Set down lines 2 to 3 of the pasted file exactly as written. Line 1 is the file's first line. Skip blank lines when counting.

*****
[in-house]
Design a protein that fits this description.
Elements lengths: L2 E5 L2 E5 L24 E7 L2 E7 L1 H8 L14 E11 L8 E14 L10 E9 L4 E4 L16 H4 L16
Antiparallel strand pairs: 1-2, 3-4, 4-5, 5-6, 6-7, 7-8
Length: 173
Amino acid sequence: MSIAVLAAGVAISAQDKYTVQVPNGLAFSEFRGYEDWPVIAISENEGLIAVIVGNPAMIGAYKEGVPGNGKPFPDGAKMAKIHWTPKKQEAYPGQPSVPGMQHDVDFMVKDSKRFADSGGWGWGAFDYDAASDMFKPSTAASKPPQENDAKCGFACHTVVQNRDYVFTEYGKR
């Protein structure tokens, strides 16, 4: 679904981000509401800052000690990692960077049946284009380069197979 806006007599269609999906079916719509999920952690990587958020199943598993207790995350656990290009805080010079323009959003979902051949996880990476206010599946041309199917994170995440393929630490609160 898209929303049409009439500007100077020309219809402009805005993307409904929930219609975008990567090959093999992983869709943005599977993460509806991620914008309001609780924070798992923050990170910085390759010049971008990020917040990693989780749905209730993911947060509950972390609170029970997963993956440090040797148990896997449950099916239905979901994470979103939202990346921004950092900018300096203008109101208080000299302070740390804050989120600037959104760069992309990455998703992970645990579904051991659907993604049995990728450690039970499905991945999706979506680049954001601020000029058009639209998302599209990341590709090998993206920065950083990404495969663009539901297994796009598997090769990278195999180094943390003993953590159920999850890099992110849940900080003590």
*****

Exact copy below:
Design a protein that fits this description.
Elements lengths: L2 E5 L2 E5 L24 E7 L2 E7 L1 H8 L14 E11 L8 E14 L10 E9 L4 E4 L16 H4 L16